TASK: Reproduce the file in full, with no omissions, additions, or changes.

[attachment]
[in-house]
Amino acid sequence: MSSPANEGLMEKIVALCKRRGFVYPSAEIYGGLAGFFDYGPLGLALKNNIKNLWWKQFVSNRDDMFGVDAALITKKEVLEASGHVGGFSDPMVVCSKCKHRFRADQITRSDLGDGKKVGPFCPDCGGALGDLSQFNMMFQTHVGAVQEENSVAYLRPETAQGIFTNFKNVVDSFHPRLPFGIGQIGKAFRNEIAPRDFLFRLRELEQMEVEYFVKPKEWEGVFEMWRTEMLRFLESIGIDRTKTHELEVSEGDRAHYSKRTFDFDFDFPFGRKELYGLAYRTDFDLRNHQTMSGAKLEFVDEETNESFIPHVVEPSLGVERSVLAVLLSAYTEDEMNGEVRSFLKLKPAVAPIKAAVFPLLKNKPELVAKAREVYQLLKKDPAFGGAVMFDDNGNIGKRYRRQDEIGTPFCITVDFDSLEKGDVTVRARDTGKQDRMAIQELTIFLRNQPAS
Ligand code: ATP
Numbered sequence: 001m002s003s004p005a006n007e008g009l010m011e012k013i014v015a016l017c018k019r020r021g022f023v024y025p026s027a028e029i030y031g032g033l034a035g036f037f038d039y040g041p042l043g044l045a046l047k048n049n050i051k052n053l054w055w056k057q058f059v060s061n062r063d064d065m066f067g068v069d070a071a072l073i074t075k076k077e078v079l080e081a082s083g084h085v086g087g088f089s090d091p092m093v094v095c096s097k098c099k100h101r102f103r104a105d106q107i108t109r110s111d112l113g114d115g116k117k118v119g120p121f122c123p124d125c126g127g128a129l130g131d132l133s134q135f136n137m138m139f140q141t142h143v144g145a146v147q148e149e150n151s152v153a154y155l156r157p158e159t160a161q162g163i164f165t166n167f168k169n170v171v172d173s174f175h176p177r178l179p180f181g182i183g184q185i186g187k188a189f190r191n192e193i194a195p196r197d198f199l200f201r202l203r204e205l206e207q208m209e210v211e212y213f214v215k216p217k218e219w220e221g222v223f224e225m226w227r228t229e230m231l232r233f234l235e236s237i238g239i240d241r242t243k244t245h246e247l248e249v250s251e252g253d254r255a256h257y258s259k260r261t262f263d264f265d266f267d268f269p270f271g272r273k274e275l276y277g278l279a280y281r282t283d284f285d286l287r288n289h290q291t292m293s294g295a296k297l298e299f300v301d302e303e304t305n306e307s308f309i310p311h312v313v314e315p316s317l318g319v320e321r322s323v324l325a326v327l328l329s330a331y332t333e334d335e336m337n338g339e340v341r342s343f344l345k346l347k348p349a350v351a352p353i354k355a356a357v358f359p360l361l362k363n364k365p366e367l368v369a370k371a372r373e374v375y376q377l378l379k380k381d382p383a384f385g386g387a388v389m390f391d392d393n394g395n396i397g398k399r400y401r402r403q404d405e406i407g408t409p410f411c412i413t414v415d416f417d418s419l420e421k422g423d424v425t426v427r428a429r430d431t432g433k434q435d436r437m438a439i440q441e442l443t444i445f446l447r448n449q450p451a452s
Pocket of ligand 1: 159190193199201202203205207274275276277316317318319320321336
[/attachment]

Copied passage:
[in-house]
Amino acid sequence: MSSPANEGLMEKIVALCKRRGFVYPSAEIYGGLAGFFDYGPLGLALKNNIKNLWWKQFVSNRDDMFGVDAALITKKEVLEASGHVGGFSDPMVVCSKCKHRFRADQITRSDLGDGKKVGPFCPDCGGALGDLSQFNMMFQTHVGAVQEENSVAYLRPETAQGIFTNFKNVVDSFHPRLPFGIGQIGKAFRNEIAPRDFLFRLRELEQMEVEYFVKPKEWEGVFEMWRTEMLRFLESIGIDRTKTHELEVSEGDRAHYSKRTFDFDFDFPFGRKELYGLAYRTDFDLRNHQTMSGAKLEFVDEETNESFIPHVVEPSLGVERSVLAVLLSAYTEDEMNGEVRSFLKLKPAVAPIKAAVFPLLKNKPELVAKAREVYQLLKKDPAFGGAVMFDDNGNIGKRYRRQDEIGTPFCITVDFDSLEKGDVTVRARDTGKQDRMAIQELTIFLRNQPAS
Ligand code: ATP
Numbered sequence: 001m002s003s004p005a006n007e008g009l010m011e012k013i014v015a016l017c018k019r020r021g022f023v024y025p026s027a028e029i030y031g032g033l034a035g036f037f038d039y040g041p042l043g044l045a046l047k048n049n050i051k052n053l054w055w056k057q058f059v060s061n062r063d064d065m066f067g068v069d070a071a072l073i074t075k076k077e078v079l080e081a082s083g084h085v086g087g088f089s090d091p092m093v094v095c096s097k098c099k100h101r102f103r104a105d106q107i108t109r110s111d112l113g114d115g116k117k118v119g120p121f122c123p124d125c126g127g128a129l130g131d132l133s134q135f136n137m138m139f140q141t142h143v144g145a146v147q148e149e150n151s152v153a154y155l156r157p158e159t160a161q162g163i164f165t166n167f168k169n170v171v172d173s174f175h176p177r178l179p180f181g182i183g184q185i186g187k188a189f190r191n192e193i194a195p196r197d198f199l200f201r202l203r204e205l206e207q208m209e210v211e212y213f214v215k216p217k218e219w220e221g222v223f224e225m226w227r228t229e230m231l232r233f234l235e236s237i238g239i240d241r242t243k244t245h246e247l248e249v250s251e252g253d254r255a256h257y258s259k260r261t262f263d264f265d266f267d268f269p270f271g272r273k274e275l276y277g278l279a280y281r282t283d284f285d286l287r288n289h290q291t292m293s294g295a296k297l298e299f300v301d302e303e304t305n306e307s308f309i310p311h312v313v314e315p316s317l318g319v320e321r322s323v324l325a326v327l328l329s330a331y332t333e334d335e336m337n338g339e340v341r342s343f344l345k346l347k348p349a350v351a352p353i354k355a356a357v358f359p360l361l362k363n364k365p366e367l368v369a370k371a372r373e374v375y376q377l378l379k380k381d382p383a384f385g386g387a388v389m390f391d392d393n394g395n396i397g398k399r400y401r402r403q404d405e406i407g408t409p410f411c412i413t414v415d416f417d418s419l420e421k422g423d424v425t426v427r428a429r430d431t432g433k434q435d436r437m438a439i440q441e442l443t444i445f446l447r448n449q450p451a452s
Pocket of ligand 1: 159190193199201202203205207274275276277316317318319320321336